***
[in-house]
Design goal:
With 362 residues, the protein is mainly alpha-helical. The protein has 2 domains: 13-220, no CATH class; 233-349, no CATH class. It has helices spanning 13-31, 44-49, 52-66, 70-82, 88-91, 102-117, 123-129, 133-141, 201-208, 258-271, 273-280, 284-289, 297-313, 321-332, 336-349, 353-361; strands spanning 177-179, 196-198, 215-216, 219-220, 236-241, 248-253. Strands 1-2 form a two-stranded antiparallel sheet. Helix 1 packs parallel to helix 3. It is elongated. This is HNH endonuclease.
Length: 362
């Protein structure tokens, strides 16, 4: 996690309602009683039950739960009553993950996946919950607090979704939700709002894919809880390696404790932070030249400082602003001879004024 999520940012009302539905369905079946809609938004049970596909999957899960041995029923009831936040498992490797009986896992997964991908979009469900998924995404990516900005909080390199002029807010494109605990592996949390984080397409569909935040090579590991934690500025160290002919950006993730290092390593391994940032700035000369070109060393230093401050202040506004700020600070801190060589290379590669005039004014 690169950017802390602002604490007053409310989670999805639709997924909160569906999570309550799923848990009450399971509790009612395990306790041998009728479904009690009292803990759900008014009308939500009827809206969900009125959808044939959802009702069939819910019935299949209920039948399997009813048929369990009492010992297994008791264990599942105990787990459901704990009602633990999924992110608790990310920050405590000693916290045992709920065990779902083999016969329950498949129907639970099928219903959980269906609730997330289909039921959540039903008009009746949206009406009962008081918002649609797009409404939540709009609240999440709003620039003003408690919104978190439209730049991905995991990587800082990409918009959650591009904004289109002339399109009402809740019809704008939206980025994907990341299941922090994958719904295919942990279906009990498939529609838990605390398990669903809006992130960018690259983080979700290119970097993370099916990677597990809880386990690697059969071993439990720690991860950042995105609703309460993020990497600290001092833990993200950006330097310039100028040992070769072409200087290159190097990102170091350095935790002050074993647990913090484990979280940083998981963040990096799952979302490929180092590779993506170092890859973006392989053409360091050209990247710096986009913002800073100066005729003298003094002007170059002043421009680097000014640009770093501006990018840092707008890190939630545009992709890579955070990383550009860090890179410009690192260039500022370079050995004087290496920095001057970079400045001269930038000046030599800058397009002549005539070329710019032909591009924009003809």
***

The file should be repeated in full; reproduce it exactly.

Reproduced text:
[in-house]
Design goal:
With 362 residues, the protein is mainly alpha-helical. The protein has 2 domains: 13-220, no CATH class; 233-349, no CATH class. It has helices spanning 13-31, 44-49, 52-66, 70-82, 88-91, 102-117, 123-129, 133-141, 201-208, 258-271, 273-280, 284-289, 297-313, 321-332, 336-349, 353-361; strands spanning 177-179, 196-198, 215-216, 219-220, 236-241, 248-253. Strands 1-2 form a two-stranded antiparallel sheet. Helix 1 packs parallel to helix 3. It is elongated. This is HNH endonuclease.
Length: 362
């Protein structure tokens, strides 16, 4: 996690309602009683039950739960009553993950996946919950607090979704939700709002894919809880390696404790932070030249400082602003001879004024 999520940012009302539905369905079946809609938004049970596909999957899960041995029923009831936040498992490797009986896992997964991908979009469900998924995404990516900005909080390199002029807010494109605990592996949390984080397409569909935040090579590991934690500025160290002919950006993730290092390593391994940032700035000369070109060393230093401050202040506004700020600070801190060589290379590669005039004014 690169950017802390602002604490007053409310989670999805639709997924909160569906999570309550799923848990009450399971509790009612395990306790041998009728479904009690009292803990759900008014009308939500009827809206969900009125959808044939959802009702069939819910019935299949209920039948399997009813048929369990009492010992297994008791264990599942105990787990459901704990009602633990999924992110608790990310920050405590000693916290045992709920065990779902083999016969329950498949129907639970099928219903959980269906609730997330289909039921959540039903008009009746949206009406009962008081918002649609797009409404939540709009609240999440709003620039003003408690919104978190439209730049991905995991990587800082990409918009959650591009904004289109002339399109009402809740019809704008939206980025994907990341299941922090994958719904295919942990279906009990498939529609838990605390398990669903809006992130960018690259983080979700290119970097993370099916990677597990809880386990690697059969071993439990720690991860950042995105609703309460993020990497600290001092833990993200950006330097310039100028040992070769072409200087290159190097990102170091350095935790002050074993647990913090484990979280940083998981963040990096799952979302490929180092590779993506170092890859973006392989053409360091050209990247710096986009913002800073100066005729003298003094002007170059002043421009680097000014640009770093501006990018840092707008890190939630545009992709890579955070990383550009860090890179410009690192260039500022370079050995004087290496920095001057970079400045001269930038000046030599800058397009002549005539070329710019032909591009924009003809």